The first Three, Ferrum, Smoke, and Macabah, established the structure of the guild as it exists today. They also organized most of the liturgy and mysticism that surrounds the Cult of Nhudri for more cynical reasons. They were wiped out by the Breaking of the Guilds, although their final fate is uncertain. Most assume Charon destroyed them; cultists believe they are waiting to return and restore the Artificers to their position of primacy.
Second Three Edit
The Second Three hold the same titles as the first three: Master of Apprentices, Keeper of the Chain, and Guardian of the Forge. Each of these titles serves a different function within the guild.
- Master of Apprentices - currently held by Lord Ember, is in charge of the training of new apprentices and the structure of the training curriculum. The Artificers view apprentices as power, and the Master of Apprentices is de facto the most powerful wraith in the guild.
- Guardian of the Forge - manages the soulfire used for the forges. The current Guardian is Hugh Gannon.
- Keeper of the Chain - holds the artifacts associated with the practice and ritual of the guild and presumably serves as a guild quartermaster. In addition, the Keeper is the high priest of the Cult of Nhudri. The current Keeper is Alais Capet.
Council of Masters Edit
The Council of Masters is an advisory body that serves under the Three. The council is open to any Master Artificer who desires to serve, and many will serve on an ad hoc basis, generally appearing only when interested. They have no power over the Three officially, but since the Masters are the most respected teachers and are personally high-status wraiths, they can often influence decisions indirectly.
Journeymen are any Artificers who have passed the Soulforge Rite and have their own forge. They form the bulk of professional Artificers and have the right to take on their own apprentices.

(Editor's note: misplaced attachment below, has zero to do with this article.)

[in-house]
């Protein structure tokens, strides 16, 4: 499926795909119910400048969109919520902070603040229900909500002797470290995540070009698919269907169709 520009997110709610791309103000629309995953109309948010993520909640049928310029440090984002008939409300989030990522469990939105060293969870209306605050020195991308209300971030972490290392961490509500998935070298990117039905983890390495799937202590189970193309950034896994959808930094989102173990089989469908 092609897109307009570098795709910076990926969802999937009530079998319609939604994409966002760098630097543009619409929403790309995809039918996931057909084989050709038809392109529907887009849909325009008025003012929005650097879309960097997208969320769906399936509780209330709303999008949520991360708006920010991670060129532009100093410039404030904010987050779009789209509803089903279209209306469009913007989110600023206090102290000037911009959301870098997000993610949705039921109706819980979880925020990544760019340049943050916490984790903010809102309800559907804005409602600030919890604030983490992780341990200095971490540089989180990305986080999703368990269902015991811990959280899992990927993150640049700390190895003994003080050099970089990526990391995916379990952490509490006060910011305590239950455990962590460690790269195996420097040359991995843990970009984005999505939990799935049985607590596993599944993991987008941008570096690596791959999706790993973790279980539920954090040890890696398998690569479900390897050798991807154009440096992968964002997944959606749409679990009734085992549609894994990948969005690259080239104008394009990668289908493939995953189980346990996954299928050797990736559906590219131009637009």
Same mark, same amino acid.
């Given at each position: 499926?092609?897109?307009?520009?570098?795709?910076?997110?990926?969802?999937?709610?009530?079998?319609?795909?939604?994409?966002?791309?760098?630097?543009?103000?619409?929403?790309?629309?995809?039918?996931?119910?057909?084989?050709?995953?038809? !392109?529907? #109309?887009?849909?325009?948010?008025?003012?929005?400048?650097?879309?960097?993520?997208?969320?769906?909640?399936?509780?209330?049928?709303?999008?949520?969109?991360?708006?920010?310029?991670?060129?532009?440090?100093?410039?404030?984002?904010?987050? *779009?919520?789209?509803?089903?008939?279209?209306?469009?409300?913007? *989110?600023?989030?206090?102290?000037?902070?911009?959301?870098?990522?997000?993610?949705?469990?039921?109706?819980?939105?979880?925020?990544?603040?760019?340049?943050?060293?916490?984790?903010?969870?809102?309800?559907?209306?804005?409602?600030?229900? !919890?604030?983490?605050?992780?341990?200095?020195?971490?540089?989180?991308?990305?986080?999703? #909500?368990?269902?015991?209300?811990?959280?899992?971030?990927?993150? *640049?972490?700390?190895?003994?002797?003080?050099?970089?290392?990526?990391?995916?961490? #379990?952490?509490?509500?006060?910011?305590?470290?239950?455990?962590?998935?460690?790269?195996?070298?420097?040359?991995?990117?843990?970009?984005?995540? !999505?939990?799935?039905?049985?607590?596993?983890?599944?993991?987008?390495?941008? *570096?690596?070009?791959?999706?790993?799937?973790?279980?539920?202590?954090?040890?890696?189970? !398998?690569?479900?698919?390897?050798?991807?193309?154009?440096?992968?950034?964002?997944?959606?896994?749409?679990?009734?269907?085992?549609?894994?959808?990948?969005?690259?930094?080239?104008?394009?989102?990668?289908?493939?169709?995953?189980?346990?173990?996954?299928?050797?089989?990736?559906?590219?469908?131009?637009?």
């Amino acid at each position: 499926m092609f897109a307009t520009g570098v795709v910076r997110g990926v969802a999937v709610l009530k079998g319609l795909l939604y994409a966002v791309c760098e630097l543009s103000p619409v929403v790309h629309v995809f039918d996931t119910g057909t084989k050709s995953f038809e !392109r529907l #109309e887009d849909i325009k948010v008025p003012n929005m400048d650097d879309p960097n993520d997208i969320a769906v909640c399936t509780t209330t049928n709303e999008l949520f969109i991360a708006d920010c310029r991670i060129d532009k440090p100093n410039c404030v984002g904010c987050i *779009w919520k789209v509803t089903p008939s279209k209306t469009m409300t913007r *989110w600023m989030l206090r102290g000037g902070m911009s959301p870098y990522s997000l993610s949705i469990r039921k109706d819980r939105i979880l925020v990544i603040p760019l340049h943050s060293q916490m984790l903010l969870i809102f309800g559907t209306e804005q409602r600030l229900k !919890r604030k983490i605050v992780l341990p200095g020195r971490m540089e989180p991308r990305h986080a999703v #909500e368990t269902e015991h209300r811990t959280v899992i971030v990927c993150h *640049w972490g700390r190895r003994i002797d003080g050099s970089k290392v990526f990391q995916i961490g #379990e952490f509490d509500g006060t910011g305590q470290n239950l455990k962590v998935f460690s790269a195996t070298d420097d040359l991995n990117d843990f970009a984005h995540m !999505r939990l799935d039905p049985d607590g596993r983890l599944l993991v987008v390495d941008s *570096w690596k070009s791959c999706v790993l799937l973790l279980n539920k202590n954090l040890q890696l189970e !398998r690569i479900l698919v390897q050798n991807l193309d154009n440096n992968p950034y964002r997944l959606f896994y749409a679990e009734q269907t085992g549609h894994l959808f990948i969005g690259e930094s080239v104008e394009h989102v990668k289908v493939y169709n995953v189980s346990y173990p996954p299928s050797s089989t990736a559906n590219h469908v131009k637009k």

An apprentice is any Artificer who has been chosen (or entered) the guild but has not yet been granted her own forge. Since the forge is granted on completion of the Soulforge Rite, this also means that Apprentices have yet to undergo the Rite.
Cult of Nhudri Edit
It is impossible to discuss the Cult of Nhudri without first discussing Nhudri. The Grand High Artificer (a term he never uses personally) is a well-respected figure in Stygia and apparently a wraith capable of both compassion and incalculable rage. With that in mind, it is also apparent that Nhudri does not think much of the guild. While the Artificers exist because Nhudri was not able to keep up with the workload, he rarely trains any and he never involves himself in guild politics.
Nhudri especially does not involve himself in the cult that bears his name and would probably trigger another night of Nhudri's Rage if he was aware of how pervasive it was. The Cult is a cynically constructed religion developed by Smoke to ensure that the Artificers would not question the leadership of the elder Three. That practice is continued by the current heads of the guild; Lord Ember considers the cultists to be manipulable, and that attitude is presumably shared by his fellow Three.
The Cult itself is based around a shared heritage in the Book of Nhudri, supposedly written by Nhudri (but assumed to be written by Smoke), and the Soulforge Rite. The cultists treat soulforging as a sacred mystery and view the act as a mystical union between forger and forged. Most Artificers treat the cultists with a certain amount of neglect – in internal meetings, they tend to let them rant, but the actual impact they have on guild policy is negligible. The Cult's goals are outlined in the Book: the overthrow of Charon and the Hierarchy and the establishment of a society where Nhudri rules everything.